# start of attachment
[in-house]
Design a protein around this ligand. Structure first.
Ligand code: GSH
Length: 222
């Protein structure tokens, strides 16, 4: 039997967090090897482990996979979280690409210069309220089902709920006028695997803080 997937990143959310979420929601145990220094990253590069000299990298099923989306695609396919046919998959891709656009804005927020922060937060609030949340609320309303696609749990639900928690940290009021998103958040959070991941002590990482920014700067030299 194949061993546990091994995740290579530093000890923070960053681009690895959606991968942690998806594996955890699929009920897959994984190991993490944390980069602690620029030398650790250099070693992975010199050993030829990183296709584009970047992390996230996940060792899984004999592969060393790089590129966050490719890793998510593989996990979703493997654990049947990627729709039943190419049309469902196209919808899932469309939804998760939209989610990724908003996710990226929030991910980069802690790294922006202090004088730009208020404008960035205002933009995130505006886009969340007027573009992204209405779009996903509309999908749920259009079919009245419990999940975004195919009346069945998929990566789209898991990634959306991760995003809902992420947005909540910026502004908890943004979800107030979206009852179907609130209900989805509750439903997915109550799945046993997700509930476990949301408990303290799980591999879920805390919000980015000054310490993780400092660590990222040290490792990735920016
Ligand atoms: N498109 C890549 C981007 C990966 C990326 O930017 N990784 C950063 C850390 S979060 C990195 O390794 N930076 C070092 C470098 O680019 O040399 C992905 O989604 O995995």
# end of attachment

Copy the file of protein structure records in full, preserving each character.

[in-house]
Design a protein around this ligand. Structure first.
Ligand code: GSH
Length: 222
């Protein structure tokens, strides 16, 4: 039997967090090897482990996979979280690409210069309220089902709920006028695997803080 997937990143959310979420929601145990220094990253590069000299990298099923989306695609396919046919998959891709656009804005927020922060937060609030949340609320309303696609749990639900928690940290009021998103958040959070991941002590990482920014700067030299 194949061993546990091994995740290579530093000890923070960053681009690895959606991968942690998806594996955890699929009920897959994984190991993490944390980069602690620029030398650790250099070693992975010199050993030829990183296709584009970047992390996230996940060792899984004999592969060393790089590129966050490719890793998510593989996990979703493997654990049947990627729709039943190419049309469902196209919808899932469309939804998760939209989610990724908003996710990226929030991910980069802690790294922006202090004088730009208020404008960035205002933009995130505006886009969340007027573009992204209405779009996903509309999908749920259009079919009245419990999940975004195919009346069945998929990566789209898991990634959306991760995003809902992420947005909540910026502004908890943004979800107030979206009852179907609130209900989805509750439903997915109550799945046993997700509930476990949301408990303290799980591999879920805390919000980015000054310490993780400092660590990222040290490792990735920016
Ligand atoms: N498109 C890549 C981007 C990966 C990326 O930017 N990784 C950063 C850390 S979060 C990195 O390794 N930076 C070092 C470098 O680019 O040399 C992905 O989604 O995995």